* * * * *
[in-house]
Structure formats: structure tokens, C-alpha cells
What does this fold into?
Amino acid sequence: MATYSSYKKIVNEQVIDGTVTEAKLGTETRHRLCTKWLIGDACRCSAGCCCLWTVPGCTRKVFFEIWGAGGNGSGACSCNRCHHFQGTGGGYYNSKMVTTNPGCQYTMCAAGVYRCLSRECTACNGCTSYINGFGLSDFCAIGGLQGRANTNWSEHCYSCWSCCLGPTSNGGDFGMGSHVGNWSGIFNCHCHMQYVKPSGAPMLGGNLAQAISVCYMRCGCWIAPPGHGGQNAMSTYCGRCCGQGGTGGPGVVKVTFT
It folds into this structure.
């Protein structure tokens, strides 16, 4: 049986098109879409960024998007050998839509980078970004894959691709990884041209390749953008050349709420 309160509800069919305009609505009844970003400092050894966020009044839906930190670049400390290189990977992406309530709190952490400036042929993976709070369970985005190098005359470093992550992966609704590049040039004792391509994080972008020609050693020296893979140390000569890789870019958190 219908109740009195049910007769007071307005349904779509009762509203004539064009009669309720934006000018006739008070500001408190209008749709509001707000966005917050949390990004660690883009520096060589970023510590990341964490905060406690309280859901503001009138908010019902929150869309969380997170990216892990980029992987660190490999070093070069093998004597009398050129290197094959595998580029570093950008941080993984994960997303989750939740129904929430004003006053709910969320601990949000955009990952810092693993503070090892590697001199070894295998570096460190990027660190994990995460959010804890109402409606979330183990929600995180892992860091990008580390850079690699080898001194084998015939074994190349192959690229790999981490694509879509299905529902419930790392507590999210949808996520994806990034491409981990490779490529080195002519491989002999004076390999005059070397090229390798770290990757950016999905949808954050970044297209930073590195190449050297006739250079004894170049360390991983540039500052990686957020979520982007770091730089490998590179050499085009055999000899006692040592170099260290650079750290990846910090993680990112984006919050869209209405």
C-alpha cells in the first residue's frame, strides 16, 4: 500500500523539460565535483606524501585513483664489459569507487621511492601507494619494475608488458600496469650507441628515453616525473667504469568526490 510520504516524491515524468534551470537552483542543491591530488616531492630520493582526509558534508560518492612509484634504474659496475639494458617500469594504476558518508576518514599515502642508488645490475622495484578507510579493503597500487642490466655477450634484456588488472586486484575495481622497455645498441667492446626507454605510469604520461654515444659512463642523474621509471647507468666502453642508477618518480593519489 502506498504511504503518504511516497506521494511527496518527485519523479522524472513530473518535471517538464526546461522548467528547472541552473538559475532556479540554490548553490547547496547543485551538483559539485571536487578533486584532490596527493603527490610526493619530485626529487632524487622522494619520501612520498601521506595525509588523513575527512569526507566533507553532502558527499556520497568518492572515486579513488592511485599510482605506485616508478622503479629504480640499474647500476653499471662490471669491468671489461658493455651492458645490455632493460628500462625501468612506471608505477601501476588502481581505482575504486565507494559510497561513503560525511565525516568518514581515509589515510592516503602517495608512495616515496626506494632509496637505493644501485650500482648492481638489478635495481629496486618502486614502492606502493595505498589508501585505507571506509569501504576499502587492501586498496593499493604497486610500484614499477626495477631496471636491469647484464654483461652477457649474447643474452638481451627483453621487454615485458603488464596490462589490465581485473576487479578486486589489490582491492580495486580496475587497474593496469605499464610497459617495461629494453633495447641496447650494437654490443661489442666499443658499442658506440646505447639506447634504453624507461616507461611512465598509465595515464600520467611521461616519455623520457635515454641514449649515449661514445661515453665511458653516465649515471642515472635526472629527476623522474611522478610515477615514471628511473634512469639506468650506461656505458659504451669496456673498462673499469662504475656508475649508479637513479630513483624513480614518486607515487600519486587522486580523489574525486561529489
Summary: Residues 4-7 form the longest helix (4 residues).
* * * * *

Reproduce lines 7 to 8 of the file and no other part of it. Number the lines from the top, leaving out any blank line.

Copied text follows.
C-alpha cells in the first residue's frame, strides 16, 4: 500500500523539460565535483606524501585513483664489459569507487621511492601507494619494475608488458600496469650507441628515453616525473667504469568526490 510520504516524491515524468534551470537552483542543491591530488616531492630520493582526509558534508560518492612509484634504474659496475639494458617500469594504476558518508576518514599515502642508488645490475622495484578507510579493503597500487642490466655477450634484456588488472586486484575495481622497455645498441667492446626507454605510469604520461654515444659512463642523474621509471647507468666502453642508477618518480593519489 502506498504511504503518504511516497506521494511527496518527485519523479522524472513530473518535471517538464526546461522548467528547472541552473538559475532556479540554490548553490547547496547543485551538483559539485571536487578533486584532490596527493603527490610526493619530485626529487632524487622522494619520501612520498601521506595525509588523513575527512569526507566533507553532502558527499556520497568518492572515486579513488592511485599510482605506485616508478622503479629504480640499474647500476653499471662490471669491468671489461658493455651492458645490455632493460628500462625501468612506471608505477601501476588502481581505482575504486565507494559510497561513503560525511565525516568518514581515509589515510592516503602517495608512495616515496626506494632509496637505493644501485650500482648492481638489478635495481629496486618502486614502492606502493595505498589508501585505507571506509569501504576499502587492501586498496593499493604497486610500484614499477626495477631496471636491469647484464654483461652477457649474447643474452638481451627483453621487454615485458603488464596490462589490465581485473576487479578486486589489490582491492580495486580496475587497474593496469605499464610497459617495461629494453633495447641496447650494437654490443661489442666499443658499442658506440646505447639506447634504453624507461616507461611512465598509465595515464600520467611521461616519455623520457635515454641514449649515449661514445661515453665511458653516465649515471642515472635526472629527476623522474611522478610515477615514471628511473634512469639506468650506461656505458659504451669496456673498462673499469662504475656508475649508479637513479630513483624513480614518486607515487600519486587522486580523489574525486561529489
Summary: Residues 4-7 form the longest helix (4 residues).